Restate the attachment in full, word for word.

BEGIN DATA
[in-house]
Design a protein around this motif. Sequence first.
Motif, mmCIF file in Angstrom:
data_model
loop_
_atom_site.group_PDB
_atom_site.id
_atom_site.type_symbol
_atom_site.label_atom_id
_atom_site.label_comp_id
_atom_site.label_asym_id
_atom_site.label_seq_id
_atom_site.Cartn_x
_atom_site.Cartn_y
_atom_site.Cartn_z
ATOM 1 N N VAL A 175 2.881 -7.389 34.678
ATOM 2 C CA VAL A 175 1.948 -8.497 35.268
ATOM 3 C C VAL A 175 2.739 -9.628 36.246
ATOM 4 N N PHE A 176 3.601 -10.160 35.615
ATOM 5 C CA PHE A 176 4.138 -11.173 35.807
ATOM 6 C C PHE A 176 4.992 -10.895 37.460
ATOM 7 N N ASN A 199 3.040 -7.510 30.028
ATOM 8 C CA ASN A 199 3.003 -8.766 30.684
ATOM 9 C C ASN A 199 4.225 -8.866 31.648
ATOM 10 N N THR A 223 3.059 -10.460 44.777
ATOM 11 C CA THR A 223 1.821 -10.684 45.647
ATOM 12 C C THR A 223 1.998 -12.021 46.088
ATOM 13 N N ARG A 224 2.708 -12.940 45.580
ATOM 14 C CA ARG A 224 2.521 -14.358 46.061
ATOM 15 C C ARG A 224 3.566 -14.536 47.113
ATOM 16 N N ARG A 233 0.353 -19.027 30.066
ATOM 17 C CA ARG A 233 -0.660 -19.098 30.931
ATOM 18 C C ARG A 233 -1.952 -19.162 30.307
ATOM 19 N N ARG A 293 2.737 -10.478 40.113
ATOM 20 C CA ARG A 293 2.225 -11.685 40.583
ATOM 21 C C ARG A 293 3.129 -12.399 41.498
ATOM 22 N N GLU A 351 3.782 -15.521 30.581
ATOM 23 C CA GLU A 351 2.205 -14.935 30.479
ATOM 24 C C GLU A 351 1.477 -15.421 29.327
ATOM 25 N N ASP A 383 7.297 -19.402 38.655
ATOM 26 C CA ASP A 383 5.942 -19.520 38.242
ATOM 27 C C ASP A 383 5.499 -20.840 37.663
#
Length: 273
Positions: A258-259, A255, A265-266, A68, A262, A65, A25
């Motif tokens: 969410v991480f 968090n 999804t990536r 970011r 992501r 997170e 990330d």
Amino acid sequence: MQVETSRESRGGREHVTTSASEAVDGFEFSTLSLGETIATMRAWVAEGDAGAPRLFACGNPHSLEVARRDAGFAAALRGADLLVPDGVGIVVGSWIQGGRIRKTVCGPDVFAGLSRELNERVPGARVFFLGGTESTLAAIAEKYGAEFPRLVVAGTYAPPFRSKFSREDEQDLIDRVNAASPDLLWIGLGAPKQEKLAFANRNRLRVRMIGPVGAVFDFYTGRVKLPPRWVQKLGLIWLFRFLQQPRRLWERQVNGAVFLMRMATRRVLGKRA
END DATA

[in-house]
Design a protein around this motif. Sequence first.
Motif, mmCIF file in Angstrom:
data_model
loop_
_atom_site.group_PDB
_atom_site.id
_atom_site.type_symbol
_atom_site.label_atom_id
_atom_site.label_comp_id
_atom_site.label_asym_id
_atom_site.label_seq_id
_atom_site.Cartn_x
_atom_site.Cartn_y
_atom_site.Cartn_z
ATOM 1 N N VAL A 175 2.881 -7.389 34.678
ATOM 2 C CA VAL A 175 1.948 -8.497 35.268
ATOM 3 C C VAL A 175 2.739 -9.628 36.246
ATOM 4 N N PHE A 176 3.601 -10.160 35.615
ATOM 5 C CA PHE A 176 4.138 -11.173 35.807
ATOM 6 C C PHE A 176 4.992 -10.895 37.460
ATOM 7 N N ASN A 199 3.040 -7.510 30.028
ATOM 8 C CA ASN A 199 3.003 -8.766 30.684
ATOM 9 C C ASN A 199 4.225 -8.866 31.648
ATOM 10 N N THR A 223 3.059 -10.460 44.777
ATOM 11 C CA THR A 223 1.821 -10.684 45.647
ATOM 12 C C THR A 223 1.998 -12.021 46.088
ATOM 13 N N ARG A 224 2.708 -12.940 45.580
ATOM 14 C CA ARG A 224 2.521 -14.358 46.061
ATOM 15 C C ARG A 224 3.566 -14.536 47.113
ATOM 16 N N ARG A 233 0.353 -19.027 30.066
ATOM 17 C CA ARG A 233 -0.660 -19.098 30.931
ATOM 18 C C ARG A 233 -1.952 -19.162 30.307
ATOM 19 N N ARG A 293 2.737 -10.478 40.113
ATOM 20 C CA ARG A 293 2.225 -11.685 40.583
ATOM 21 C C ARG A 293 3.129 -12.399 41.498
ATOM 22 N N GLU A 351 3.782 -15.521 30.581
ATOM 23 C CA GLU A 351 2.205 -14.935 30.479
ATOM 24 C C GLU A 351 1.477 -15.421 29.327
ATOM 25 N N ASP A 383 7.297 -19.402 38.655
ATOM 26 C CA ASP A 383 5.942 -19.520 38.242
ATOM 27 C C ASP A 383 5.499 -20.840 37.663
#
Length: 273
Positions: A258-259, A255, A265-266, A68, A262, A65, A25
């Motif tokens: 969410v991480f 968090n 999804t990536r 970011r 992501r 997170e 990330d």
Amino acid sequence: MQVETSRESRGGREHVTTSASEAVDGFEFSTLSLGETIATMRAWVAEGDAGAPRLFACGNPHSLEVARRDAGFAAALRGADLLVPDGVGIVVGSWIQGGRIRKTVCGPDVFAGLSRELNERVPGARVFFLGGTESTLAAIAEKYGAEFPRLVVAGTYAPPFRSKFSREDEQDLIDRVNAASPDLLWIGLGAPKQEKLAFANRNRLRVRMIGPVGAVFDFYTGRVKLPPRWVQKLGLIWLFRFLQQPRRLWERQVNGAVFLMRMATRRVLGKRA